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Blog posts of '2012' 'November'

Look after your garden furniture



Now that we have had our first frost it is time to protect your garden furniture. Outdoor furniture that’s left outside in freezing conditions or in snow will suffer. Here are some steps you can take to prevent this:

  • Wooden furniture will expand if it’s exposed to moisture and freezing conditions. You can find treatments for your wooden furniture at a local DIY store. It will protect it from moisture and in turn prevent it from warping.
  • Purchase some waterproof furniture covers. They will stop water from getting to your furniture and also add a layer to stop the cold getting to them.
  • Try and raise your furniture from the floor. If you place each table leg on a brick for example, you will avoid the legs sitting in water.
  • If you have space in a shed, try and bring the furniture inside. This is the easiest way to avoid water and temperature damage.

-- Gemma Dray

Ash Dieback Disease - a warning

At this time of year I don't usually recommend the burning of leaves. Indeed I have to say that one of the most important things you do in any garden is to build a leaf pit. As described last year, there are a few ways of doing this, from buying the string bags, to using old pallets and corralling the leaves for a year of gentle rotting. Then, when all is going to sleep next year, you can use the leaf-mould as a vital mulch.

However, with the rise of leaf borne pathogens in specific trees and plants, I would recommend you collect and burn as many leaves as possible. The two trees which are most important in this respect are the Aesculus hippocastanum (Horse-chestnut) and Fraxinus excelsior (Common Ash).

At present we are looking at the destruction of between 50% and 90% of these trees in our fair country. Some of you may have noticed over the past few years that the Horse-chestnuts have browned very early in the year. This is due to an invasive leaf miner moth (originally from Serbia, Cameraria ohridella), which lays its eggs on the leaf and the caterpillar eats its way through the leaf. These leaves fall to the floor and the caterpillar overwinters in the leaf litter. It must be said here, that the moth does not kill the tree. But it does weaken it enough for a fungus to attack the tree itself and kill it. Thus collect up all leaves of the Horse-chestnut and burn them. The moth is not native and should not be here. For more information visit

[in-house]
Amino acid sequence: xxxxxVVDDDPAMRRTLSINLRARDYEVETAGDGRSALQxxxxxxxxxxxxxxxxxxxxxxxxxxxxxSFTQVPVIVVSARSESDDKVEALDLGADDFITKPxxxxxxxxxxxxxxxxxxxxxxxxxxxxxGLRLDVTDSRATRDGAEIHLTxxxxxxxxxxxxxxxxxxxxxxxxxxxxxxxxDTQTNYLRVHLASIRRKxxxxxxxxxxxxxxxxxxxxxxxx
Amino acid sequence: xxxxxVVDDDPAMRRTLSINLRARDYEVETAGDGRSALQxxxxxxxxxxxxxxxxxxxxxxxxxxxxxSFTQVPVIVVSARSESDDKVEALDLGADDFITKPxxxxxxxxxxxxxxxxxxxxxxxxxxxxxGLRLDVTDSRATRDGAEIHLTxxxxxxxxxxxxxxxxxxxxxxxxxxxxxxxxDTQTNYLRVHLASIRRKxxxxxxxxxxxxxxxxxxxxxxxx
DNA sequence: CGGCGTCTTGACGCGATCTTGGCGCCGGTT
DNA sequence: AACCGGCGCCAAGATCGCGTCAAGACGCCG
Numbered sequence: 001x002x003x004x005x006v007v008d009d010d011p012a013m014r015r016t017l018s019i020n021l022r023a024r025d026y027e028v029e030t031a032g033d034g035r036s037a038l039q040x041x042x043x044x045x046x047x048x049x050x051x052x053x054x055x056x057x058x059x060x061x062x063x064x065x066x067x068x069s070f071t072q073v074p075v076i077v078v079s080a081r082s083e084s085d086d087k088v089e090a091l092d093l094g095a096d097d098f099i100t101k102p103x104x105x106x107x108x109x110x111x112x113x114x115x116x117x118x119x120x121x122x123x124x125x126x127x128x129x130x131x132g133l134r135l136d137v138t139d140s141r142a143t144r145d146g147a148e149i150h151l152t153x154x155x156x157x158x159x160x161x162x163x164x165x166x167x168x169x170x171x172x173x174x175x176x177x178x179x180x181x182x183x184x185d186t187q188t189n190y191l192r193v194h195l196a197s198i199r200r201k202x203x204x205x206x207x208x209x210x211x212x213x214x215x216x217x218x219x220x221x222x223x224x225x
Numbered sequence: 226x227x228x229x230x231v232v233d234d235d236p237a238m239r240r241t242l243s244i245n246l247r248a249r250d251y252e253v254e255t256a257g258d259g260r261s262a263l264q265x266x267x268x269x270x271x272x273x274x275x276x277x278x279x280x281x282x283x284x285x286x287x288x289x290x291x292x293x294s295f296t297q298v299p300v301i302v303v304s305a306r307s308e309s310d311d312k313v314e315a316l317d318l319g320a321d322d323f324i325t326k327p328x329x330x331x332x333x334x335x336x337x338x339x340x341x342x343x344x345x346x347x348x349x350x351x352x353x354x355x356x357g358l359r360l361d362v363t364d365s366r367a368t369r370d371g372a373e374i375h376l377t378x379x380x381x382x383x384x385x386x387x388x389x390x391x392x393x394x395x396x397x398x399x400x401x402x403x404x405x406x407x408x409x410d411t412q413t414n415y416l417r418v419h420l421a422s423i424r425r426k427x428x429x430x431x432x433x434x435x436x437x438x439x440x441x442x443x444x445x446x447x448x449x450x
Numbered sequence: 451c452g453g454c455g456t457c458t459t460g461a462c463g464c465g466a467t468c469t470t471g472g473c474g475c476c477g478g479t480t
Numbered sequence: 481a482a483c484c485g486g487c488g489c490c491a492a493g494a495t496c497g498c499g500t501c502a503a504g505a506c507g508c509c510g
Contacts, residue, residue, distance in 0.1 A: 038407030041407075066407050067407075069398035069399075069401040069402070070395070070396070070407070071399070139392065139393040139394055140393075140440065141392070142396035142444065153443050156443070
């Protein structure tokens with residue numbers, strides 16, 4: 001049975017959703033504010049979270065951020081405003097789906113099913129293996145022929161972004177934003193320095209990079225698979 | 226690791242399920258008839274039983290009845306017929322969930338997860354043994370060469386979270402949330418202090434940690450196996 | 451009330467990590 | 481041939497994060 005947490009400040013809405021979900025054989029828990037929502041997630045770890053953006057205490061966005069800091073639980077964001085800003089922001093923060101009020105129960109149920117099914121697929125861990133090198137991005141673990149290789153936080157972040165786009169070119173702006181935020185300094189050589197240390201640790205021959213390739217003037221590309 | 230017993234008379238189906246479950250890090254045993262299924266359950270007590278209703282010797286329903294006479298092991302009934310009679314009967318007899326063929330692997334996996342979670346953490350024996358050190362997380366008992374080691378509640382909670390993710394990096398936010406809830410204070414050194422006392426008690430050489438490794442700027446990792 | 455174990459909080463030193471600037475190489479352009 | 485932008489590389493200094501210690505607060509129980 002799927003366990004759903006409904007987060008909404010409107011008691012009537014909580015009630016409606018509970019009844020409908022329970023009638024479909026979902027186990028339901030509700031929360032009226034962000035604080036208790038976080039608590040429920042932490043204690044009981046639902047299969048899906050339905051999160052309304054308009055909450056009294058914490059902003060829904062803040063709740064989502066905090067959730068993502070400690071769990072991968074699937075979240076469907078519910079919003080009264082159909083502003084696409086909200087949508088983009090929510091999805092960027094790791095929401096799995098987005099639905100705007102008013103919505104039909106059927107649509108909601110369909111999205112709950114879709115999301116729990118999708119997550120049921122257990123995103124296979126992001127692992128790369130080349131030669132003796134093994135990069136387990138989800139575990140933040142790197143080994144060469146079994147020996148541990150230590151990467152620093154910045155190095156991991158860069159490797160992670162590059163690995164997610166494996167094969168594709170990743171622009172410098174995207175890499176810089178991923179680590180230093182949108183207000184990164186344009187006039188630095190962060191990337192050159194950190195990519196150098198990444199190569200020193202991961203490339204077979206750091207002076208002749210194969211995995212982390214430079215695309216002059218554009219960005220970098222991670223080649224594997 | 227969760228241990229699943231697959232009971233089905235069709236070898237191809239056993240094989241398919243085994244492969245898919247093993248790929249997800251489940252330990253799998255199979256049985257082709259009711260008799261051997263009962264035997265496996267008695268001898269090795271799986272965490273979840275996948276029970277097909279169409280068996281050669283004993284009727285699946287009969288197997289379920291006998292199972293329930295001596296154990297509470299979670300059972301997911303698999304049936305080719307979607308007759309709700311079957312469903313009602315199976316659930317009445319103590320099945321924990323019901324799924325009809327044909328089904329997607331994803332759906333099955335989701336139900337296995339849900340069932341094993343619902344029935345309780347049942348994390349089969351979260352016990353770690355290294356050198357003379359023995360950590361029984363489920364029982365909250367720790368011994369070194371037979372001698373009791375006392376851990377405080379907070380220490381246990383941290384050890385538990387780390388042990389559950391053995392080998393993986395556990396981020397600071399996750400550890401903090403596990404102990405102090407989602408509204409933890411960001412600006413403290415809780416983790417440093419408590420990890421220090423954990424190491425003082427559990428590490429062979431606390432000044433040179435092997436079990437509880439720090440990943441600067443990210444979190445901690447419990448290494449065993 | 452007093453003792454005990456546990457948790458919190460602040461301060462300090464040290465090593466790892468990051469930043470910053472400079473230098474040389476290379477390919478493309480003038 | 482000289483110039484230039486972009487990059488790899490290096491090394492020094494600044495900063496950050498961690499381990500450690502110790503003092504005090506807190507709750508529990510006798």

The second tree under threat of a leaf borne pathogen is the Ash tree. Approximately 80 million trees are under threat of destruction from the fungus Chalara fraxinea. With the same care and attention, if you have one of these beautiful trees in the garden, again collect up all the leaves and burn them. For more information visit Whilst it is admitted both these diseases are now established in the UK, perhaps we can, with care, prevent them from destroying our valuable woodlands.

For a handy hint on how to identify the horrible Ash Dieback disease watch this Youtube video.

-- Guy Deakins